The first industrial revolution is widely considered to be one of the most transformative periods in our history thanks to the invention of the steam engine among other advancements. Experts argue the upcoming artificial intelligence (AI) revolution will be as impactful, if not greater.
There are similarities between the two revolutions in that, much like the Luddites in 19th Century England, there are critics who believe humans could be out of work thanks to the increased productivity of AI.
Critics have concentrated on how AI will transform jobs. It might be more valuable to look at how the technology could prevent the current record-breaking skills gap leaving 6 million American jobs unfilled. In fact, through solutions such as machine learning and semantic search, it is arguable that AI could lead us on a path where that figure becomes a fat zero.
How AI can improve hiring
Machine learning is already speeding up the recruitment process. Perhaps more importantly, it is also finding those potentially hidden star candidates.
Companies are able to use algorithms to sift through the masses of data from previous hirings in order to recognize the right signals for a specific role. This is in essence what recruiters do but as machine learning thrives on big data it can utilize a much wider amount of information at a faster rate. Doing this provides more robust decisions. If an employer favors a certain career arc, whether that be the major studied at college, previous places of employment or even what they did on their gap year then machine learning can narrow down and identify the best candidates.
Semantic search can improve accuracy when searching for new employees. This is achieved by understanding a searcher’s intent in order to improve search results. Candidates use different terminology to describe job titles or experience which keyword searches will not recognize. Semantic search is able to analyse natural language used by all the candidates to provide a better overview of their suitability.
Glen Cathey is particularly compelling in describing the importance of this by referring to potentially ideal candidates who are using different language as “dark matter” results. These are candidates who are excluded by human recruiters for a variety of reasons. This could be for a lack of time spent filling the position or the type of natural language used by the applicant. This means employers could be inadvertently taking the easy way out by only examining the “best of the easiest candidates to find” rather than the best person for the job which AI solutions are far more likely to detect.
An end to being underpaid
It is not just employers who stand to benefit from AI. The applicants themselves can utilize certain solutions to improve their situation.
Companies such as Paysa are able to analyze more than 35 million data points. This provides an overview of an individual’s market value. An employee can identify if they are being underpaid and if there are far more lucrative jobs available. Consequently, individuals are paid properly for their level of work.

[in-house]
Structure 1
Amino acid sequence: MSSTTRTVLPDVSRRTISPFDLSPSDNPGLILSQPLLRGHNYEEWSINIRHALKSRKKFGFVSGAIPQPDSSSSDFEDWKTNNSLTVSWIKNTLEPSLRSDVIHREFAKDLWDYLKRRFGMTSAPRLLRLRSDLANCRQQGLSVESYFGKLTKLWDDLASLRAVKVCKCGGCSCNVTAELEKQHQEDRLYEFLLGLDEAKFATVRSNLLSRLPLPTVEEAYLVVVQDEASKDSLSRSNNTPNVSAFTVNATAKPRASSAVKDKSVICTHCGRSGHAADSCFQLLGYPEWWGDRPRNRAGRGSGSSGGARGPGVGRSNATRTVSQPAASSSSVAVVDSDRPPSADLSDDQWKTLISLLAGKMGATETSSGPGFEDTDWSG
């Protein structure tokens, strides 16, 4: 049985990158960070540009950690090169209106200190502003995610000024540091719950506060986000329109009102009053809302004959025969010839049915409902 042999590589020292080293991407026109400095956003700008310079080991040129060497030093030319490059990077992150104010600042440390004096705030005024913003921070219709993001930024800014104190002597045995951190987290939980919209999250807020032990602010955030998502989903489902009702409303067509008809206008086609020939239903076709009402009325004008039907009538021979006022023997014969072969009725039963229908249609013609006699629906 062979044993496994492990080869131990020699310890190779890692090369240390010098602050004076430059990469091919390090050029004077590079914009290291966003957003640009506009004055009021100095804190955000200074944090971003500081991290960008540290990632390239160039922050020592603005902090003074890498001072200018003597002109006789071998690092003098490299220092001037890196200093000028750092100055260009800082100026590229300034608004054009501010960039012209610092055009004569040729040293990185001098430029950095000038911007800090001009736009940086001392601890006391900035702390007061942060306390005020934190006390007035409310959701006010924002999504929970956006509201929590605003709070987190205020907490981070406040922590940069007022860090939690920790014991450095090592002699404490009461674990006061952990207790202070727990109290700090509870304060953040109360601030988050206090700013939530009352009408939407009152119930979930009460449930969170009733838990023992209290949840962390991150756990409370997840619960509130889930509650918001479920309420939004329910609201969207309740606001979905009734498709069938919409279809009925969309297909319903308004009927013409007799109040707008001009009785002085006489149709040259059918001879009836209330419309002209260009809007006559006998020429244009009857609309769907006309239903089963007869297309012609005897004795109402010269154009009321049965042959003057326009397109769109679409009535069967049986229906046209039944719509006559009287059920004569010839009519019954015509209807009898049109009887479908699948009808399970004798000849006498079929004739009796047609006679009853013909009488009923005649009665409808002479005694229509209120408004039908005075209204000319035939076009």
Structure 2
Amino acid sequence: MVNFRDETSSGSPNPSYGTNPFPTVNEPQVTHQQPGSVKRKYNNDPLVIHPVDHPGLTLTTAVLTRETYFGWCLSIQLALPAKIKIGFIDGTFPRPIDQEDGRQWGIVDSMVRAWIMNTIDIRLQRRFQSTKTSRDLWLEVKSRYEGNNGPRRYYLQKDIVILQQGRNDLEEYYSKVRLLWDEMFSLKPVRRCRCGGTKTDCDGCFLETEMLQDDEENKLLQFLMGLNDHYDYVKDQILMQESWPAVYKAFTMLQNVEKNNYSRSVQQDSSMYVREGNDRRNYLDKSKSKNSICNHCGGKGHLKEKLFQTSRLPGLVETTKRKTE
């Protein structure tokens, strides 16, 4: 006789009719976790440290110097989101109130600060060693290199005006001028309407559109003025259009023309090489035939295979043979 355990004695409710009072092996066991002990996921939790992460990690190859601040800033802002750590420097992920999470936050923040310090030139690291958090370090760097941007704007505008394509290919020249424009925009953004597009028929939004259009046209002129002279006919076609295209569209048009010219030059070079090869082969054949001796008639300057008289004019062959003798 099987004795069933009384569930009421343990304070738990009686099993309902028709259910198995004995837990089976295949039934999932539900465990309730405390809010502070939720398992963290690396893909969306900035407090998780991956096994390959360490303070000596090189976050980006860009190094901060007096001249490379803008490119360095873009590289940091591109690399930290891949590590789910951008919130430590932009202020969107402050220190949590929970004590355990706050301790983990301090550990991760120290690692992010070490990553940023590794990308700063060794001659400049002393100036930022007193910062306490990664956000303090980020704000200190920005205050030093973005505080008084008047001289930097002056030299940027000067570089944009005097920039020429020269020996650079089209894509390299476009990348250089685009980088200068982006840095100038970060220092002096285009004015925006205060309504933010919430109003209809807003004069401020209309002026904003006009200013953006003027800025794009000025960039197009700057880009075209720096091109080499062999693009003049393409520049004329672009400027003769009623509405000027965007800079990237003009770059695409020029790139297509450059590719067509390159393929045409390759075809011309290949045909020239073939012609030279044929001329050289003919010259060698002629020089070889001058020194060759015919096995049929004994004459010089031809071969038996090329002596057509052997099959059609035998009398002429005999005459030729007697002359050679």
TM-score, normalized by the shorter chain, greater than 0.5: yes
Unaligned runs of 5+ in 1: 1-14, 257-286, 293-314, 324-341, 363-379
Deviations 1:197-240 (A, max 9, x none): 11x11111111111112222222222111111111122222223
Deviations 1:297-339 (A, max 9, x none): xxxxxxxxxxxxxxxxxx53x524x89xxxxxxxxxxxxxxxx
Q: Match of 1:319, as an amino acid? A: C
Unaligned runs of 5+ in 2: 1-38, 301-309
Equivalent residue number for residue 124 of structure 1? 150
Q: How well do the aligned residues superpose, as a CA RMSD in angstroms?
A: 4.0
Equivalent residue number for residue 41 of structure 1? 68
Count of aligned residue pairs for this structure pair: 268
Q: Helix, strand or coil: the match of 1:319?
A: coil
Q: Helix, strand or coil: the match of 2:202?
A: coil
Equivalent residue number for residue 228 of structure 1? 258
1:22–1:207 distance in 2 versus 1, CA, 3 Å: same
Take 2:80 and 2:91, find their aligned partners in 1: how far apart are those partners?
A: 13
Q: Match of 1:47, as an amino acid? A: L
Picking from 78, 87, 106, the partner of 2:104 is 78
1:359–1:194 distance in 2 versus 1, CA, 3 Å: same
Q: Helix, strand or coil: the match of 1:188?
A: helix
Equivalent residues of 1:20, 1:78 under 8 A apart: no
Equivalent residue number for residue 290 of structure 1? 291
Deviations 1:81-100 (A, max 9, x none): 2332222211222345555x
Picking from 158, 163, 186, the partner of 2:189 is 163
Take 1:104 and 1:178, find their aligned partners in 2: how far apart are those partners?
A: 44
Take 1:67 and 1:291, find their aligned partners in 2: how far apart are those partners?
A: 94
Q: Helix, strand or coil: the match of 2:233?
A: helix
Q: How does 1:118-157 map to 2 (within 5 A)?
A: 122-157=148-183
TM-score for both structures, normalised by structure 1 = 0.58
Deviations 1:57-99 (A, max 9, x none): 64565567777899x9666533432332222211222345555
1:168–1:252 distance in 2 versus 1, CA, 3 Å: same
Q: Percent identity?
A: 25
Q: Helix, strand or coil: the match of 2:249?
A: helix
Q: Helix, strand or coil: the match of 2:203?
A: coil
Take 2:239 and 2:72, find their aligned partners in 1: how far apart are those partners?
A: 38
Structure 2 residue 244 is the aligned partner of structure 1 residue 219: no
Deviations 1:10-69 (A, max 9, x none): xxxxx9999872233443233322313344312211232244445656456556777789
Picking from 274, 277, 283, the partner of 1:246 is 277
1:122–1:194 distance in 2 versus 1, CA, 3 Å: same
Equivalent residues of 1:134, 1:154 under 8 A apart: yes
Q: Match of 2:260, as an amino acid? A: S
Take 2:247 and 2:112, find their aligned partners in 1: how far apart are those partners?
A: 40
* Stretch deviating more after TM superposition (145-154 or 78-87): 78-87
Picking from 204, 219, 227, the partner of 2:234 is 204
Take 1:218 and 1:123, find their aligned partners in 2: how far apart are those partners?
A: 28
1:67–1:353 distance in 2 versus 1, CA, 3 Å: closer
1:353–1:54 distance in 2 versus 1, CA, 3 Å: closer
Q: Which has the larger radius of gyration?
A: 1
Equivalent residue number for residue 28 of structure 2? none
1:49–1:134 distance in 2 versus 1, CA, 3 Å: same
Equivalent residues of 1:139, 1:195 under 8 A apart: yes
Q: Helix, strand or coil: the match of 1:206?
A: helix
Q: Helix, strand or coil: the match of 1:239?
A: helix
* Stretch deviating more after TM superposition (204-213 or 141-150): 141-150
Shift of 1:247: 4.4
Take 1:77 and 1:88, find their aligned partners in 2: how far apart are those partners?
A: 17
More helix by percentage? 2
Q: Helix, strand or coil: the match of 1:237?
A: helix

Employers benefit by utilizing the same data to recognize if their top workers are not properly paid. Therefore, they will reduce the chances of losing valuable employees.
Not the end for human recruiters
AI and machine learning will significantly improve the accuracy and speed of filling jobs. Despite this, a human at the end of the process is needed to ensure it reaches maximum productivity.
Summer Husband presents an interesting case for machine learning in recruitment by analyzing its impact on healthcare. Survival analysis is performed using algorithms in order to recognize the likelihood a disease will recur. This same method can be used to predict how long it will take to fill a job based on a number of variables including the number of candidates, company information or the type of role. Armed with this knowledge, recruiters can identify roles which are more difficult to fill and can also manage their client’s expectations.
Machine learning can also use the masses of big data from previous hirings in a market to ensure that recruiters can target people who might be ready for a new role. For example, if a salesperson generally spends 3 years in a role within the telecommunications market, machine learning will predict which candidates might be ready for a change and target them appropriately. Not only are places filled more quickly but workers are happier in a fluid job market. This eliminates the likelihood of stagnation.
Looking forward not backward
It is often cited that AI’s dramatic increase in productivity will actually be to the detriment of humans by rendering their role as useless. Not only is this not necessarily the case, but AI will make everything more productive including the process of finding and filling new jobs.
Rather than signaling the beginning of the end of the human role in the workplace, AI could bring an end to job boredom, stagnation and wage disparity within a market. For this we should embrace, rather than fear, the latest technological revolution.
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